Web design

A place for everything and everything in its place.

Web design is much more than making something look pretty and engaging. That is just the skin on the bones. The real “meat” of a website is in how it functions. Can your viewers find the information they are looking for? Is all the info they need even there? Is your site written in a level of language the intended audience appreciates (neither too low or too complex).

But the underlying skeleton – the site architecture– is the first step. That is also a very necessary step, often done even before a website can even be priced for design and coding.

All the pages in your current site first are recorded in their present order, including any specific content. From there we ask if there’s anything additional functionality or content you wish to add – and then we examine the current structure of the site contents. Would a visitor look for your information where it’s currently located? Often the answer is no, so a new site architecture is created. What goes where it’s expected, so to say.

The AIDS Coalition of Nova Scotia site is a case in point. Years of information additions made it almost impossible to navigate easily. There was a great deal of important information, but there was everything from notices written by staff to full-blown medical text, and no real thought to how it should cohesively be presented.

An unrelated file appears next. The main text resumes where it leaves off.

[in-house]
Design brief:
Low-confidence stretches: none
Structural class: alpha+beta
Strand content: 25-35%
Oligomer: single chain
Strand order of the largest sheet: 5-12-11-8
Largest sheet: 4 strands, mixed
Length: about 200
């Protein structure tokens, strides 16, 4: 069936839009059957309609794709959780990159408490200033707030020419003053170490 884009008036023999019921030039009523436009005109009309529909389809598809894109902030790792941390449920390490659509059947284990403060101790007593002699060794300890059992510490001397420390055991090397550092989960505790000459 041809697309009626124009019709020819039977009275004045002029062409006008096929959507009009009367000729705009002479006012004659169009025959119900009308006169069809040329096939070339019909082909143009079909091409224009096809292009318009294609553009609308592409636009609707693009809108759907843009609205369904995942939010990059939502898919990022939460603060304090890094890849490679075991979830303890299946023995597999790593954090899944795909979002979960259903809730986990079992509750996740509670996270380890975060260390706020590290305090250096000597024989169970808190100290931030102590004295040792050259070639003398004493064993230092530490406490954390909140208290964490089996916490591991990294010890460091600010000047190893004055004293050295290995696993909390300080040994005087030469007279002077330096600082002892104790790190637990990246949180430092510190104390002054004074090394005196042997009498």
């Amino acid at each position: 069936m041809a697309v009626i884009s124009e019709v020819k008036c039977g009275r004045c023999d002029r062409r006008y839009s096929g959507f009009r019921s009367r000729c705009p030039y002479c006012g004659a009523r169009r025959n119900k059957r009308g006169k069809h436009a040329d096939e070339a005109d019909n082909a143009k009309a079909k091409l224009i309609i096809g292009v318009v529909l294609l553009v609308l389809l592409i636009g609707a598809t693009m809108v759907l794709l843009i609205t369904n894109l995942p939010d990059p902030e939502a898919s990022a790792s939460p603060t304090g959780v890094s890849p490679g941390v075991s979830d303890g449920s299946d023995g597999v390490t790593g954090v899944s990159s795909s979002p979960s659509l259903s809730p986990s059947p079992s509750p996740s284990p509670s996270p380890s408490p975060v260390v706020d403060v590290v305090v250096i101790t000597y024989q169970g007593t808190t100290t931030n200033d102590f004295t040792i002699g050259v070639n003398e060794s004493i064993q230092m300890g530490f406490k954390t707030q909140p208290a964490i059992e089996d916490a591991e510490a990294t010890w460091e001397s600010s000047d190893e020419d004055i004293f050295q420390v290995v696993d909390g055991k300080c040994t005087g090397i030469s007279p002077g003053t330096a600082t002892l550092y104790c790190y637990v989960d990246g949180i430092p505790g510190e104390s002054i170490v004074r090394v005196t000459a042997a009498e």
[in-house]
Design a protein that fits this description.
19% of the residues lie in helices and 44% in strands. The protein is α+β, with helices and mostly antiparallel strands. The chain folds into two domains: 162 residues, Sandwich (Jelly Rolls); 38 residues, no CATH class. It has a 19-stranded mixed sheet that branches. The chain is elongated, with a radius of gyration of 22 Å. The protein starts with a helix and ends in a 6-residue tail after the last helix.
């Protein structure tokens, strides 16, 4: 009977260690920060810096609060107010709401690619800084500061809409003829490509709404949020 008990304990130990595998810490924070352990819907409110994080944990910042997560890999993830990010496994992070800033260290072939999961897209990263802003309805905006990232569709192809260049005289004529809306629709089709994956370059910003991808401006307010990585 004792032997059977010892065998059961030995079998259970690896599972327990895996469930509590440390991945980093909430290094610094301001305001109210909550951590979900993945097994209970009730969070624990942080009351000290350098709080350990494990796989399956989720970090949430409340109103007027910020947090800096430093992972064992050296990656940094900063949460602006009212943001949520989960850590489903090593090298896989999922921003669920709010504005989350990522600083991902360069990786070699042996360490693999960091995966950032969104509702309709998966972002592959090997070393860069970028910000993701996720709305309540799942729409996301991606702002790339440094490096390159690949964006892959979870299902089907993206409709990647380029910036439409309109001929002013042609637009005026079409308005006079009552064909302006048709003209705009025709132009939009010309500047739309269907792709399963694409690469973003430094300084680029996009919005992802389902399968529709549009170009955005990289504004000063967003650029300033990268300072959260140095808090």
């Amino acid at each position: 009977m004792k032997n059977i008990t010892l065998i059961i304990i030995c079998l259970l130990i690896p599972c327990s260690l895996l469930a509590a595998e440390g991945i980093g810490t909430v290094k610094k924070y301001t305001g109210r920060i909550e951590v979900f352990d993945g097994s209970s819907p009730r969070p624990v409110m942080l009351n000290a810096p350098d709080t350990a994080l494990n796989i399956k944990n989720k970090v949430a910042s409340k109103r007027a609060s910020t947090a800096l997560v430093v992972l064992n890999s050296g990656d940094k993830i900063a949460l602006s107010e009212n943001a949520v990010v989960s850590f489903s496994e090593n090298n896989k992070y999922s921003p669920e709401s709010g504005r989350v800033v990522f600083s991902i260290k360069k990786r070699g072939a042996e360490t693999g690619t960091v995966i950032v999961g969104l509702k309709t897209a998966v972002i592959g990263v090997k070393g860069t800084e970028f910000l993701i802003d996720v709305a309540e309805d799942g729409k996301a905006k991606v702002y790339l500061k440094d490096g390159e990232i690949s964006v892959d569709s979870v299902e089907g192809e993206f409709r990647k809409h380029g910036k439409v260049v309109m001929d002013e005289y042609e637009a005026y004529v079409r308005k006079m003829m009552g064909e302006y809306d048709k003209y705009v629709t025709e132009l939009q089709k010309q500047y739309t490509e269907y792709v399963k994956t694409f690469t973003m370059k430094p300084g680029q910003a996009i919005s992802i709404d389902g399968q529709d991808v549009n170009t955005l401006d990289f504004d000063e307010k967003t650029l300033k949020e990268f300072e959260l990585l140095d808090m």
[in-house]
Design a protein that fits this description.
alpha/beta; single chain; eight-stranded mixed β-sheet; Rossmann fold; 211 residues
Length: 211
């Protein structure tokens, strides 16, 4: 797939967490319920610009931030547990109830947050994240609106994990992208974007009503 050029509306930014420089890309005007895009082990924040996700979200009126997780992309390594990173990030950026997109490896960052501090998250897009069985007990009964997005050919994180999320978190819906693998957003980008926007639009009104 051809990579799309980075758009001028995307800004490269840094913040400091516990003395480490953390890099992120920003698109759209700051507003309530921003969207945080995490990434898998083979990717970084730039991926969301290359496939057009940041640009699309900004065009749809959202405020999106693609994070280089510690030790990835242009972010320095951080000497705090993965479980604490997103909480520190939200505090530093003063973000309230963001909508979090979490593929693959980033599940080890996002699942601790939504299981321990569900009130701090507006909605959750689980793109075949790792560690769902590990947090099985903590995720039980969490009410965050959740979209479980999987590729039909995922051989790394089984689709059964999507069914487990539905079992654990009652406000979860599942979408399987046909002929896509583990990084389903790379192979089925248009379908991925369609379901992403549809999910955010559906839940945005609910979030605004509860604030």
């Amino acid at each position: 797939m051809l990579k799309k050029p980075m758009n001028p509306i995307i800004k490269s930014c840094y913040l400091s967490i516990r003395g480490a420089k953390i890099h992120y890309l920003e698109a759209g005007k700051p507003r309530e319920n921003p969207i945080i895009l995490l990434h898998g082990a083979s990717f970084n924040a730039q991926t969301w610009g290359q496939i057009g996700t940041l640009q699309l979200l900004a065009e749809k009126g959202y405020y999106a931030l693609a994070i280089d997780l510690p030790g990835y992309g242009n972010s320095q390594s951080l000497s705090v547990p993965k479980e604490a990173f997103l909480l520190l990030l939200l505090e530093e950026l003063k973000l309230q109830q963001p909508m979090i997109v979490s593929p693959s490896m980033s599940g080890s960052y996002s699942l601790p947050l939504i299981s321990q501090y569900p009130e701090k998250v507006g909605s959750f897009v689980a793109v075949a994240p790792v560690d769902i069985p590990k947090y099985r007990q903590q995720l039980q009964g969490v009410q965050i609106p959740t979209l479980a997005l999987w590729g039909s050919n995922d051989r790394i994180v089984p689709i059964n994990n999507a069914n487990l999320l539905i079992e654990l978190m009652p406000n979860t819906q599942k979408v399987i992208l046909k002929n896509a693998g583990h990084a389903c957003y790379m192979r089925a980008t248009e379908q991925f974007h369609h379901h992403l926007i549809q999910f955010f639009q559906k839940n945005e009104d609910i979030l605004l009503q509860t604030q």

The old ACNS site

The new site is easy to navigate, and through its language gives comfort to people who may have just been diagnosed with HIV, or who are concerned they may have contracted it. The information is readily available and the language used reflects a knowledgeable, caring organization.

Note: the ACNS site seems to have suffered from a lack of resources during COVID-19 where the original design has unfortunately not been maintained through recent updates. It appears that is only the case on the homepage.

Below are three sites completed recently. Under each image is a URL link. Docaitta Design wrote the entire copy and designed all three, working with the client so each maintained its separate brand identity and spoke to their audiences in their own unique brand voices.